“Subquantum Kinetics is a novel microphysics paradigm that incorporates concepts developed in the fields of system theory and nonequilibrium thermodynamics. One of its distinctive features is that it begins at the subquantum level for its point of departure. By comparison, conventional physics and most alternative physics theories begin with mathematically quantified observations of physical phenomena at the quantum and macrophysical level and attempt to deduce physical theories based on those observations. Since the conventional approach must take into account numerous experimental observations, the end result is a fragmented and often contradictory set of theories which must later be sewn together with mathematical acrobatics. Such “unified field theories” more closely resemble a patchwork quilt than a contiguous fabric.
Instead of beginning with physical observations, subquantum kinetics begins by postulating a set of well-ordered reaction processes that are proposed to take place at the subquantum level. Collectively, these reaction processes compose what is termed the transmuting ether, an active substrate that is quite different from the passive mechanical ethers considered in the eighteenth and nineteenth centuries. It further proposes that the concentrations of the substrates composing this ether are the energy potential fields that form the basis of all matter and energy in our universe. The operation of these ether reactions causes wave-like field gradients (spatial concentration patterns) to emerge and form the observable quantum level structures and physical phenomena (e.g., subatomic particles with mass, charge, spin, and force field effects and electromagnetic waves).”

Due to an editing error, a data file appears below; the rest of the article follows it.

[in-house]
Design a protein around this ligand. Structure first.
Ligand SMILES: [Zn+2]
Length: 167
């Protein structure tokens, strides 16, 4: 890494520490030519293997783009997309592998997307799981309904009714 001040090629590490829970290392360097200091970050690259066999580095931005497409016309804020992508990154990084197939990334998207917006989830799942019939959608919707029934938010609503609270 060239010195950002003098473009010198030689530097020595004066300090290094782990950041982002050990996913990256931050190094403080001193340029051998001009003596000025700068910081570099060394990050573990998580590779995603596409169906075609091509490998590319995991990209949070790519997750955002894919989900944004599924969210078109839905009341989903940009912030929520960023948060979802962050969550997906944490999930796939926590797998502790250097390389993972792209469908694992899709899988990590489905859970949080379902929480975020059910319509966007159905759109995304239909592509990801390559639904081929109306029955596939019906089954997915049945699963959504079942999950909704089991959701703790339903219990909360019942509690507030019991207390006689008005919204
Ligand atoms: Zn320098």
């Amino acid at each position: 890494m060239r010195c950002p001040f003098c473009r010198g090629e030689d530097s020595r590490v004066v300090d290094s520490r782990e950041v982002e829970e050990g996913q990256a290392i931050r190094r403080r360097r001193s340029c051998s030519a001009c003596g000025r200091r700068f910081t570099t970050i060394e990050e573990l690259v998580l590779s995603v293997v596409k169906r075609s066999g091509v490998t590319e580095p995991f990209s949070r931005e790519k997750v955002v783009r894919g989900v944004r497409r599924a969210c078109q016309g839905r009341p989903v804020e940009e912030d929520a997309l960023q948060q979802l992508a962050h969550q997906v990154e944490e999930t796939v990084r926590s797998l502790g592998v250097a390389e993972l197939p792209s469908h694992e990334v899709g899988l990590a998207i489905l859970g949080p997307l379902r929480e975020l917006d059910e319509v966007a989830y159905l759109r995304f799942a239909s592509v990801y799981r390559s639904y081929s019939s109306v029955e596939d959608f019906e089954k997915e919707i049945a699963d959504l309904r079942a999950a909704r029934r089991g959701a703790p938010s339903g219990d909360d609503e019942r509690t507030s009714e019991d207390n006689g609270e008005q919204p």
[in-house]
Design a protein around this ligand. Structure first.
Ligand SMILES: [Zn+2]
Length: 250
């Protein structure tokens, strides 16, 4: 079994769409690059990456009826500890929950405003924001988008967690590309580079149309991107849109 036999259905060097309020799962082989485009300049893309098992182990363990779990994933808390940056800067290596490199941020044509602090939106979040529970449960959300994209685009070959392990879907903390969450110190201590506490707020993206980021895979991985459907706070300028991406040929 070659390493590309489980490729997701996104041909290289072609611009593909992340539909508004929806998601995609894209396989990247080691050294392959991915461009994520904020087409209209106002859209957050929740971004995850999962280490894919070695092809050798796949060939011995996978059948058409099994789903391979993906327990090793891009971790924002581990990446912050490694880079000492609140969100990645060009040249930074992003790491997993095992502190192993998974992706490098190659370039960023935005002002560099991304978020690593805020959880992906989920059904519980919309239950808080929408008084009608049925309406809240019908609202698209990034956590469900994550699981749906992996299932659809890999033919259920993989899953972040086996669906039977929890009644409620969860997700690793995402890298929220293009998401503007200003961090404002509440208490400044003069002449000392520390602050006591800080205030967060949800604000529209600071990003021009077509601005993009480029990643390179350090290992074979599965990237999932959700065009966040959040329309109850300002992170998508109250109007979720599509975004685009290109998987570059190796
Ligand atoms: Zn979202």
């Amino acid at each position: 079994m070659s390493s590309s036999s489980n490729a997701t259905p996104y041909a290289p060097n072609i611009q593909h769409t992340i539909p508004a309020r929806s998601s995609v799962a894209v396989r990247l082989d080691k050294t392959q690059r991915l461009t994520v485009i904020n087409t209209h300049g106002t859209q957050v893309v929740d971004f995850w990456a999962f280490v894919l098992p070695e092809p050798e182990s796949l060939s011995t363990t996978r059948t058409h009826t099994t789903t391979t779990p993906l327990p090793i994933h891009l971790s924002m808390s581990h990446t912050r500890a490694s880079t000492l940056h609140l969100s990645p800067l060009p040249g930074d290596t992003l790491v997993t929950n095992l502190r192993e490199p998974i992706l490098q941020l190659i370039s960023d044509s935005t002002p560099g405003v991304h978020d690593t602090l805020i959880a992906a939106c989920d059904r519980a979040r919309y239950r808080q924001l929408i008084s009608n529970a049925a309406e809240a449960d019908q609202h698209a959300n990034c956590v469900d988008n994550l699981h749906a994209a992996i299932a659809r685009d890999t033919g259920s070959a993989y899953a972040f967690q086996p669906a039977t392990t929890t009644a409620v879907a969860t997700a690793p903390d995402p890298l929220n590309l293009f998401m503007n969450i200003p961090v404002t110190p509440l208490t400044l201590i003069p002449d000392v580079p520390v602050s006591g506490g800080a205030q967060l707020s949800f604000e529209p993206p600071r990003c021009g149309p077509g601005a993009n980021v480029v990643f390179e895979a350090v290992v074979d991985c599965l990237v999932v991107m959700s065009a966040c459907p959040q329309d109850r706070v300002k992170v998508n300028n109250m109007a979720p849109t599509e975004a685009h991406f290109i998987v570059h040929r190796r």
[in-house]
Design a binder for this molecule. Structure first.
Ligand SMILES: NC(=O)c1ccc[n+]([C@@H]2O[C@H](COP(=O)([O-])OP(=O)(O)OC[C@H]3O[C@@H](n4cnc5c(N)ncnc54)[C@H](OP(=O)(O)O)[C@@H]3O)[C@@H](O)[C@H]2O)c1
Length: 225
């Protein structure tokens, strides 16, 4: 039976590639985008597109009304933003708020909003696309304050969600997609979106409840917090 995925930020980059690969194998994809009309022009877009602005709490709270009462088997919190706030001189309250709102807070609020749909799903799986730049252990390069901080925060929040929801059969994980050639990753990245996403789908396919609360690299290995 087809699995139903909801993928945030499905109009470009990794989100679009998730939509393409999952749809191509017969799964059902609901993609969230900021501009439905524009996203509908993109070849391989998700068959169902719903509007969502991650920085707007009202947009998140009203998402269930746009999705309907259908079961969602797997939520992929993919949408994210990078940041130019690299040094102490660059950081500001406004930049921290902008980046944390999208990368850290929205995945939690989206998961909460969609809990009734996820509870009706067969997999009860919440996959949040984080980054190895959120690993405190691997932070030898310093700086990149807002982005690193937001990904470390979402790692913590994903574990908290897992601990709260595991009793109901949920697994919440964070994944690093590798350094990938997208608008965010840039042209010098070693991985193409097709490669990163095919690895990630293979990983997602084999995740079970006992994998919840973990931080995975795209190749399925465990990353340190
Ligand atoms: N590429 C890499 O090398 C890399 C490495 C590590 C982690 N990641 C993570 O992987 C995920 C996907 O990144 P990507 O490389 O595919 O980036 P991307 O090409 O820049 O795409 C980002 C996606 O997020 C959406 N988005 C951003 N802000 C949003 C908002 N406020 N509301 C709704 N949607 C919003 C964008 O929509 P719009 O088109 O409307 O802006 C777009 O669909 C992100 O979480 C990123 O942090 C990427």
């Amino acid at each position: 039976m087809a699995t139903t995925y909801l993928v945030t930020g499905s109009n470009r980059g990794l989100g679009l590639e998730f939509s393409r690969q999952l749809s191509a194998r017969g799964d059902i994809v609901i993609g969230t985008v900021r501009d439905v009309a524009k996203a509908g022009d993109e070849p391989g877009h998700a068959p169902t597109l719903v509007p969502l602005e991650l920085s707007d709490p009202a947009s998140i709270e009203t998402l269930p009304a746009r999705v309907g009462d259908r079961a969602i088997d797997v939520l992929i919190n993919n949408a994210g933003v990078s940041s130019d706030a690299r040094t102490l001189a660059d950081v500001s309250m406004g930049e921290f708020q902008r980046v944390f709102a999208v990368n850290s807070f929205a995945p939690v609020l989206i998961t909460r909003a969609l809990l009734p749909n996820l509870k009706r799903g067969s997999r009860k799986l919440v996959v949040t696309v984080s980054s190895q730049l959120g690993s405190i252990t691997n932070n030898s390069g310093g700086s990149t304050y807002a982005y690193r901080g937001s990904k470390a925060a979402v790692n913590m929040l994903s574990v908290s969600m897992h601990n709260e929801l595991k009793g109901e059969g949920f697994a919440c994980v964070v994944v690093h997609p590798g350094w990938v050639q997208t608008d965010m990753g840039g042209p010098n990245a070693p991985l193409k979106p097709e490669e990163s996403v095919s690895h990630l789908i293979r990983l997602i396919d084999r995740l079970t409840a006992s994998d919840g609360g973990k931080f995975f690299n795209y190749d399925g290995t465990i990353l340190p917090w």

Host entity of the 6U format. Meticulously specified by Grant Richter in the 2000s, gathering a reputation as the premiere format for exploratory musicians due to sound quality, massive scope for variation in timbre and dreamlike workflow. Later revised by Cary Grace and available to this day.
Hard to even believe the sonic history of Graham Hinton, cutting his teeth as a nuclear engineer, key involvements at EMS (yes, that EMS), and later becoming the leading designer for SSL (also based in Oxford), overseeing developments that are now industry standard across the board. For all our benefits he brought these skills to the synthesizer domain and we highly recommend use of his power supplies, and suggest considering his modules, too.
From his mind to the page (and the front panel).